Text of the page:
It is the memory of his former Self in every man; memory of the ages, of the Nirvanas of long-past Manvantaras, during which the Gods who are the Egos of men existed in free-ranging mastery of the matter which environed them; of existence where the wish was the fact because Will was not separate from Substance, and Power was delimited only by the sweep of Imagination!

Thus in these days when the Cosmic Will of Man is drawn down to pin-point concentration upon its own creations, enslaving itself, still remains the memory of unclogged Power. But Man, identifying his individuality with this microscopic mind and still more microscopic body, is wholly unable to conceive himself as the mighty Being of the elder times. The memory he cannot lose; of his present petty frame he cannot make a fit container thereof; hence, the giant shadow of God and Gods thrown outside himself upon the uncomprehended screens of matter!

Again, it is Memory of victory over similar limitations, similar strivings through ages unto omnipotent fulfilments in other, long-mastered spheres of matter, which urges him ever on to make again of the matter of a world the pliant fabric of his own body, re-acquiring Omnipotence on higher spirals. For what human being, regardless of achievement, ever was satisfied, ever found fulfilment in the achieved dream? The Ego of man, essence of the Eternal, never can be satisfied with the bounded; limited to the bounded by his present petty comprehension, he nevertheless transcends its borders every time that he reaches them.

How profoundly the God-Idea contains within itself the Karma of the race and of the individual; how inseparably this idea is interwoven and interblended with our idea of Self, as effect is wrapped up in cause; how the God-Idea arose, persisted through all vicissitudes and mutations of the Intellectual man in the immense eras passed since the later Third Race; how it is destined to be transformed and restored to the pristine glory of the Divine man by the self-redeemed Humanity of the coming race and races -- all this is contained and implied in the mission and the message of H. P. Blavatsky. The Theosophist of to-day, imbued with the vital impulse of her work, may read that future in the statement on page 446 of the second volume of her Secret Doctrine, as he may read the past in other statements contained in the same book.

For the benefit of students not conversant with all the varied contents of The Secret Doctrine, two or three quotations on the Karma connected with the God-Idea may prove useful. On pages 272 to 274 of the second volume she writes of our own past when we constituted the Egos of the later Third Race:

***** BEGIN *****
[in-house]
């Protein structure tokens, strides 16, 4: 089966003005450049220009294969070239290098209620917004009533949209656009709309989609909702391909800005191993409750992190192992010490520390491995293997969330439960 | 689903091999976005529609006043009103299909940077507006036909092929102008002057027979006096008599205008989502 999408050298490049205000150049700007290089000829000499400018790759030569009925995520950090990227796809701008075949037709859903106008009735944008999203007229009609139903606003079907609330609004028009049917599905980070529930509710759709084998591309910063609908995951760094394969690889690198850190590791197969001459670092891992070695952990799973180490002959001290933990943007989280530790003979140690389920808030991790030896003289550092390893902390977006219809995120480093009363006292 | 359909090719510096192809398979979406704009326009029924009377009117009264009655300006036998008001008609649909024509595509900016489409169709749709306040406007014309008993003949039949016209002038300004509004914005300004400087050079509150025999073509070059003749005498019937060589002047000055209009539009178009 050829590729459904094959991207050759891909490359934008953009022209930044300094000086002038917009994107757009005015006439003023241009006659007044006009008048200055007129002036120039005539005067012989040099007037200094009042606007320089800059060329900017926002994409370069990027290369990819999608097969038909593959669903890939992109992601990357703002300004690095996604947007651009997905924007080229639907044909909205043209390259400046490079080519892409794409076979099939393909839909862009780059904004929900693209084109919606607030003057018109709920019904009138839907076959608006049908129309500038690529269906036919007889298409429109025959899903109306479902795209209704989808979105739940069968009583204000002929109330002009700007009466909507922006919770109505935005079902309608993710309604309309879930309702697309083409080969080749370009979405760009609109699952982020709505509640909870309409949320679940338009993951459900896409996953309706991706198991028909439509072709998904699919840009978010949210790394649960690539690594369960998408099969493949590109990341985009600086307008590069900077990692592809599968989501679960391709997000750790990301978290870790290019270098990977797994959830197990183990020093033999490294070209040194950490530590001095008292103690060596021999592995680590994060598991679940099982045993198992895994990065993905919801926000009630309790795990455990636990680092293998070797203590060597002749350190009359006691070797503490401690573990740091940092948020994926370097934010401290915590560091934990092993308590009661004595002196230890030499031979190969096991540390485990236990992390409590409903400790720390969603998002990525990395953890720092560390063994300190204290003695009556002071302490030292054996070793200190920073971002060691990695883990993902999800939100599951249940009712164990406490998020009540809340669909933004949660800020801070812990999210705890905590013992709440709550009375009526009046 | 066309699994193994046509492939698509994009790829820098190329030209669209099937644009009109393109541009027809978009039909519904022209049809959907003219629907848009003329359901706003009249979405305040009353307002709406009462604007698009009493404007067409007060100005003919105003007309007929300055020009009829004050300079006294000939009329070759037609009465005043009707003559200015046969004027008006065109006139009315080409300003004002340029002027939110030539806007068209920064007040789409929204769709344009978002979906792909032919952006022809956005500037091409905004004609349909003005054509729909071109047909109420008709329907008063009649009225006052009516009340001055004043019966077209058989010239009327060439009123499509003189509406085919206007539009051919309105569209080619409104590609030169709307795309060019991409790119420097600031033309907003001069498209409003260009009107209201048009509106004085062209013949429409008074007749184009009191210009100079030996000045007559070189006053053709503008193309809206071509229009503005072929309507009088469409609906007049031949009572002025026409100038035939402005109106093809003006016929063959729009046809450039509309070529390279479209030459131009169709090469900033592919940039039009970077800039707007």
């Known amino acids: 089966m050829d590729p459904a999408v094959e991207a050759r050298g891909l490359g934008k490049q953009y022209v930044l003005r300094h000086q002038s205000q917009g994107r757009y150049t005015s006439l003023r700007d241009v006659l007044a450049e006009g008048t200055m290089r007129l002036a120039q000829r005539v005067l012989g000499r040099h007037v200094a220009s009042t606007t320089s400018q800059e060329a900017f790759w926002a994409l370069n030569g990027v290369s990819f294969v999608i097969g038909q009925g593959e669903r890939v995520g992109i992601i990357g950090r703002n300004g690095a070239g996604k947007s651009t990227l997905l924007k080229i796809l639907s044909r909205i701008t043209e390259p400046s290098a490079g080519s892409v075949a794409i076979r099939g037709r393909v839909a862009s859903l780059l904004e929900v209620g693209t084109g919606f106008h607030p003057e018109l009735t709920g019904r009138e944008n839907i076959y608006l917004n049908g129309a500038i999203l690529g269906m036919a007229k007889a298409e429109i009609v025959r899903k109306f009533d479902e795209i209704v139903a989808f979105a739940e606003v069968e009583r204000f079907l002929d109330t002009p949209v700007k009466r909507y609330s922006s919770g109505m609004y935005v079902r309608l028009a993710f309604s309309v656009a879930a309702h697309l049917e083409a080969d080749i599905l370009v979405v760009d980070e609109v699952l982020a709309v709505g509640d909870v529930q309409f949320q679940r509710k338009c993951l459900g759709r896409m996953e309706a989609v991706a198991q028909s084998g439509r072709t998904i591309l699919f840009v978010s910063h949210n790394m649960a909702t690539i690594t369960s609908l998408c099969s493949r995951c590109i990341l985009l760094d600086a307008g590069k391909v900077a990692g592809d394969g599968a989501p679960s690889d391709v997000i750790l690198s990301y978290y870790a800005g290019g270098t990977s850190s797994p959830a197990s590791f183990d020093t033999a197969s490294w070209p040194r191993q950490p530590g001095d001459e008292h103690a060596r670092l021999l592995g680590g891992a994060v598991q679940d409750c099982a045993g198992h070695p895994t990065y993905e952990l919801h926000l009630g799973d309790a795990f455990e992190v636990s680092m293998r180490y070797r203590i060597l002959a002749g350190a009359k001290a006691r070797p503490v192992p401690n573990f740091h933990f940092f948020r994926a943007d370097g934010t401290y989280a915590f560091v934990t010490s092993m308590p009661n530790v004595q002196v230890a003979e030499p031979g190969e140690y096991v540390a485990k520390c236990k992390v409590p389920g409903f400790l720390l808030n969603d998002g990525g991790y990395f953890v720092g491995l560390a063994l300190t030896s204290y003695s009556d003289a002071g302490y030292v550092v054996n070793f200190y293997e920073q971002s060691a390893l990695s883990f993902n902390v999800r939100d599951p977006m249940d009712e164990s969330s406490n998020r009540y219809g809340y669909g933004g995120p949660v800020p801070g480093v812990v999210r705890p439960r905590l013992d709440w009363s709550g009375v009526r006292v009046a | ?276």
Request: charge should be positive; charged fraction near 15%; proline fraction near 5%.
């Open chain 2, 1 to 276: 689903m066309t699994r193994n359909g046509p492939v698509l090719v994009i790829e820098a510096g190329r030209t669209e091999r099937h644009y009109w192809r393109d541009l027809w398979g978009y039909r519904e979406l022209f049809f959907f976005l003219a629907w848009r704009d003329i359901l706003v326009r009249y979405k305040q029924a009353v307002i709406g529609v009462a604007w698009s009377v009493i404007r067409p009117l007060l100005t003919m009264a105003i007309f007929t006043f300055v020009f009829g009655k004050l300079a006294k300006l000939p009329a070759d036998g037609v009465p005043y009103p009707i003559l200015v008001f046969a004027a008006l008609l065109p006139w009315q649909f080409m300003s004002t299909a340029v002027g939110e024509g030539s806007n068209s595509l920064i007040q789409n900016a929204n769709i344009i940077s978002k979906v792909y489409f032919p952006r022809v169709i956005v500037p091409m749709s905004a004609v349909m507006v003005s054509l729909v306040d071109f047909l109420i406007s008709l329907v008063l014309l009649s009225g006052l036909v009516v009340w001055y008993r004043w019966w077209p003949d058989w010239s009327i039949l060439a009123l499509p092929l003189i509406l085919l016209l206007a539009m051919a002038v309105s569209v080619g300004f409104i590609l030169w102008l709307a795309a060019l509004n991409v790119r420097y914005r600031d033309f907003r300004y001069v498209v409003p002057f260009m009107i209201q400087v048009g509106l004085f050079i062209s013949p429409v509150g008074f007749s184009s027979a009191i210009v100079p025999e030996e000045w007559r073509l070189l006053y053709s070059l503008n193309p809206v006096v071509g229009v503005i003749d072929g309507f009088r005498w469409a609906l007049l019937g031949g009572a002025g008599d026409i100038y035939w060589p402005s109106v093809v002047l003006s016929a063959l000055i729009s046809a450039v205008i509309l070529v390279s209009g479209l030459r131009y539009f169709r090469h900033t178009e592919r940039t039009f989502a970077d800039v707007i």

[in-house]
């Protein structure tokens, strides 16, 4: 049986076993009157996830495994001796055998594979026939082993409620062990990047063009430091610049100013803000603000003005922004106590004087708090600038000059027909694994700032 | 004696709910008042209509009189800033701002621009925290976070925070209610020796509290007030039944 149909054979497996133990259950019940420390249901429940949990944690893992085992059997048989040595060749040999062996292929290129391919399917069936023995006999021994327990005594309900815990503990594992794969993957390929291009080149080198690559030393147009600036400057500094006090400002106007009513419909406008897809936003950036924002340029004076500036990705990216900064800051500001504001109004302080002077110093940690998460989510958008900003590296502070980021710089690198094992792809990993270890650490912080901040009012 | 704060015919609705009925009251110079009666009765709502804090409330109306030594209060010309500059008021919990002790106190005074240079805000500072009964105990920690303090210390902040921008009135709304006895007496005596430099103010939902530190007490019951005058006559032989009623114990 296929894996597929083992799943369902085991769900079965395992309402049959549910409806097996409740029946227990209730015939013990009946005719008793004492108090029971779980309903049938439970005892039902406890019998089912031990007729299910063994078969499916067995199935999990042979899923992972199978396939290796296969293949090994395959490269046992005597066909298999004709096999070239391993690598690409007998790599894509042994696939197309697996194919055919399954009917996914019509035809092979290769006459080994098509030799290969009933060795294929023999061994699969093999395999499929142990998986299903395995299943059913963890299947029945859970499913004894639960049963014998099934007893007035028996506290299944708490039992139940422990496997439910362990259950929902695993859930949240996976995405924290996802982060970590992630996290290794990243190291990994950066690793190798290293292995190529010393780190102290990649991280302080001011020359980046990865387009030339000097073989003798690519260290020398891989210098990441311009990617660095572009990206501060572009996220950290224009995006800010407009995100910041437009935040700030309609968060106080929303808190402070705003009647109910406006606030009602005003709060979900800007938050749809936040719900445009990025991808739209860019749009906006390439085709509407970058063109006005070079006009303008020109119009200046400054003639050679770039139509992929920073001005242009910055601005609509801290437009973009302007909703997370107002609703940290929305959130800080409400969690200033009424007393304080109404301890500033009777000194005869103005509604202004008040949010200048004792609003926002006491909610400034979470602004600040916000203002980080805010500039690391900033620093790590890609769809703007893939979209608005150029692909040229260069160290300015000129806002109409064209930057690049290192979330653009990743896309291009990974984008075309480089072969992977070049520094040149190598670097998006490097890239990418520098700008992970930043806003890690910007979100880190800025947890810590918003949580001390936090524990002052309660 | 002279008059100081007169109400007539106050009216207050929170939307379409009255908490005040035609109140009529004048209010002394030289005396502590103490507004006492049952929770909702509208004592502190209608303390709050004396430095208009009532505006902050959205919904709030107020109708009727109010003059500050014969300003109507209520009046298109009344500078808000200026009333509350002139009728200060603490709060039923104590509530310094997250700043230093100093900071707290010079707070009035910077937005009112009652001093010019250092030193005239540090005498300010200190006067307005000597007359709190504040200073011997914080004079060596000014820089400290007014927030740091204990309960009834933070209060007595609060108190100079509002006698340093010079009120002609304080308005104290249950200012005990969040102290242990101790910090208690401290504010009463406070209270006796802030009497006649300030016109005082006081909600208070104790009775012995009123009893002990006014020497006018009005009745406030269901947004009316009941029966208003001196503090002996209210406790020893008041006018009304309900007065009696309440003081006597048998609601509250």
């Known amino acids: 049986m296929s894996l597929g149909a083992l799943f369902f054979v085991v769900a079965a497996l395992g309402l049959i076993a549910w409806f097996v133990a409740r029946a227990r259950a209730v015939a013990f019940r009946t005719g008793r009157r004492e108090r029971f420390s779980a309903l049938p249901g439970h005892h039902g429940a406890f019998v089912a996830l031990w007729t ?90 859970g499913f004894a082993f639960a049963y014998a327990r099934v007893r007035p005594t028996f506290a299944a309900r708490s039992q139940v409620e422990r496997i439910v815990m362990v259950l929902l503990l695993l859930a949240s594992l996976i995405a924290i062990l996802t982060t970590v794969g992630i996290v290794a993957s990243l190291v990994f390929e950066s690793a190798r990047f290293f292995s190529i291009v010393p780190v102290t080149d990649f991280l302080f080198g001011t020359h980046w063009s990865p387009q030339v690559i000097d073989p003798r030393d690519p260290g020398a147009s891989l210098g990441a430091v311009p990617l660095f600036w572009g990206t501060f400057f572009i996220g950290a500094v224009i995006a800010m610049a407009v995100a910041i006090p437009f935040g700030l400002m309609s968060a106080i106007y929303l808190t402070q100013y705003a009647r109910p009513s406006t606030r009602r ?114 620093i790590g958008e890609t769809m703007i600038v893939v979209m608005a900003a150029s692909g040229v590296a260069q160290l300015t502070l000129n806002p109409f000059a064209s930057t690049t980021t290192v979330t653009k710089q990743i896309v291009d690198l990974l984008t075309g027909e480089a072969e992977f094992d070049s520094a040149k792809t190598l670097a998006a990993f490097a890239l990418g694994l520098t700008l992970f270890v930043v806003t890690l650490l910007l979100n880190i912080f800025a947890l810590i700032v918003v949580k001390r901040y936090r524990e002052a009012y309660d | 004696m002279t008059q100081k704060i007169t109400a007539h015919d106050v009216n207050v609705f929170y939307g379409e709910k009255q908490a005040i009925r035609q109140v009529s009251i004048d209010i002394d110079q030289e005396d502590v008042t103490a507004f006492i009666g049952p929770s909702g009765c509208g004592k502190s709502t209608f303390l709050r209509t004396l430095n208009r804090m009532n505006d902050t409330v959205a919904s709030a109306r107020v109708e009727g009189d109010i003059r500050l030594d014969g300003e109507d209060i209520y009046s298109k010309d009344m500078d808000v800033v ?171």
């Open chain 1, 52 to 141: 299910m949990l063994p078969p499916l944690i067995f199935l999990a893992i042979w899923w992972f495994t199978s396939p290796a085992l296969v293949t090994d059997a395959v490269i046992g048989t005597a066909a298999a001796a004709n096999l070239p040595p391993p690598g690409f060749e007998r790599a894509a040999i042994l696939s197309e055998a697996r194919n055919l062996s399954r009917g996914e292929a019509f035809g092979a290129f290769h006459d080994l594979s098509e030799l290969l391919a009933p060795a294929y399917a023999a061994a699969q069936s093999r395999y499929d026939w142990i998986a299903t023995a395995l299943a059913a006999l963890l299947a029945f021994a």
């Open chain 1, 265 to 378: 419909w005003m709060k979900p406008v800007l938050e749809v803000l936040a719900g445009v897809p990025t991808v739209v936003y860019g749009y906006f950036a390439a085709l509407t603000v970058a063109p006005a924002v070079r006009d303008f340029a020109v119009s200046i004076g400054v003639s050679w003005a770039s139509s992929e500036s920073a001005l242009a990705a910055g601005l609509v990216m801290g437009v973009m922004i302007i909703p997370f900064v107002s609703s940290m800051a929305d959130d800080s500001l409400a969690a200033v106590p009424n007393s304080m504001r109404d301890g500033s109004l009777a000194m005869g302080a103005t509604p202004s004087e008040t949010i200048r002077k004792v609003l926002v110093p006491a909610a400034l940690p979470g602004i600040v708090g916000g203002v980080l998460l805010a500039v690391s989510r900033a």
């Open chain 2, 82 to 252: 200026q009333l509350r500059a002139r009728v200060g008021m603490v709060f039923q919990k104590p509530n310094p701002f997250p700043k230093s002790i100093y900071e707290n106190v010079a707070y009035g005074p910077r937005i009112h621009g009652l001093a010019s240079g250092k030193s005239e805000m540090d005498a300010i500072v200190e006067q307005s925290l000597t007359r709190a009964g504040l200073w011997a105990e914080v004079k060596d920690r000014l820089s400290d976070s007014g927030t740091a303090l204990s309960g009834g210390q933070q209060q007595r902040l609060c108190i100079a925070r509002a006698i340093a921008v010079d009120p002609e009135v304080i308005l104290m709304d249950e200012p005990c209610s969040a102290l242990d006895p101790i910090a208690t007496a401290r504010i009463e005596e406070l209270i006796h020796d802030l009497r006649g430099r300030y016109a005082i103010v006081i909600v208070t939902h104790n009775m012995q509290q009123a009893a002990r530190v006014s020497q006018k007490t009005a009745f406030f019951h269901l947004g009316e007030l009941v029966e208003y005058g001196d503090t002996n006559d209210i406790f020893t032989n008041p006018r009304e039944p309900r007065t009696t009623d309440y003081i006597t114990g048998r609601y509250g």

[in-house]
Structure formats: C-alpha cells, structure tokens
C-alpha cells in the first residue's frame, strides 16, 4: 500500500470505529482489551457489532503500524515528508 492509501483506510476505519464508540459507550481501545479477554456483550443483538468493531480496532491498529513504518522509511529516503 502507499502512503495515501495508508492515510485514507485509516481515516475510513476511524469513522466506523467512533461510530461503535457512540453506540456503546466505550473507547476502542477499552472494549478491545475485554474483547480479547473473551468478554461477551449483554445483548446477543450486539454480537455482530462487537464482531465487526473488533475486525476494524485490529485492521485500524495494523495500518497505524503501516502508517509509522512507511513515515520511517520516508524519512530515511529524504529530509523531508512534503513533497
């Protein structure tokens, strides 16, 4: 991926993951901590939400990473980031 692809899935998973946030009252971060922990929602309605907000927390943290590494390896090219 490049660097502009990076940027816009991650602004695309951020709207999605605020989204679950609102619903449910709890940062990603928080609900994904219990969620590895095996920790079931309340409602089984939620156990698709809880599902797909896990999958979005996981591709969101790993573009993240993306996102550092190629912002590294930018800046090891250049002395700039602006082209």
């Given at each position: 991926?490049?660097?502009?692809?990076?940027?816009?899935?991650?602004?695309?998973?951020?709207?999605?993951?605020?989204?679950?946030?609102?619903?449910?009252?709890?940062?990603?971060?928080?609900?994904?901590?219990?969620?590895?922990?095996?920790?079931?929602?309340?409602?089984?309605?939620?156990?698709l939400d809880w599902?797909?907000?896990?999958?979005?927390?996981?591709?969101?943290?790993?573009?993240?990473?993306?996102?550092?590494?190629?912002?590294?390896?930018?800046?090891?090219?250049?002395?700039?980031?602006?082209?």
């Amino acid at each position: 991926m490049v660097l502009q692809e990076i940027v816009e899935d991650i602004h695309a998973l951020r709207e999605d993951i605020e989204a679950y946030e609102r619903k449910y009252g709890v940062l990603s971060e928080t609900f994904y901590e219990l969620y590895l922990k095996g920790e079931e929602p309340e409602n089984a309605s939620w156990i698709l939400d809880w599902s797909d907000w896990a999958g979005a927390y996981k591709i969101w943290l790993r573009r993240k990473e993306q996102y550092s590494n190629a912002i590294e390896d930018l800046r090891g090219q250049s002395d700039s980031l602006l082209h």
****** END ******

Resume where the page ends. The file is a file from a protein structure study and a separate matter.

... the Third Race felt itself one with the ever-present as the ever to be unknown and invisible ALL, the One Universal Deity. Endowed with divine powers, and feeling in himself his inner God, each felt he was a Man-God in his nature, though an animal in his physical Self. The struggle between the two began from the very day they tasted the fruit of the Tree of Wisdom; a struggle for life between the spiritual and the psychic, the psychic and the physical. Those who conquered the lower principles by obtaining mastery over the body, joined the "Sons of Light." Those who fell victims to their lower natures, became the slaves of Matter. From "Sons of Light and Wisdom" they ended by becoming the "Sons of Darkness." They had fallen in the battle of mortal life with Life immortal, and all those so fallen became the seed of the future generations of Atlanteans....

It was the Atlanteans ... who became the first "Sacrificers" to the god of matter. ... That worship degenerated very soon into self-worship, thence led to phallicism, or that which reigns supreme to this day in the symbolisms of every exoteric religion of ritual, dogma, and form. ... Such was the secret and mysterious origin of all the subsequent and modern religions, especially of the worship of the later Hebrews for their tribal god.

Bearing this in mind, even the least patient Theosophist will better understand present-day limitations of the race which impose iron barriers on the efforts of the Master of Wisdom and the philanthropist alike to re-arouse the "Fallen Angels" now become Humanity itself. She speaks of this on pages 326 and 327 of volume one: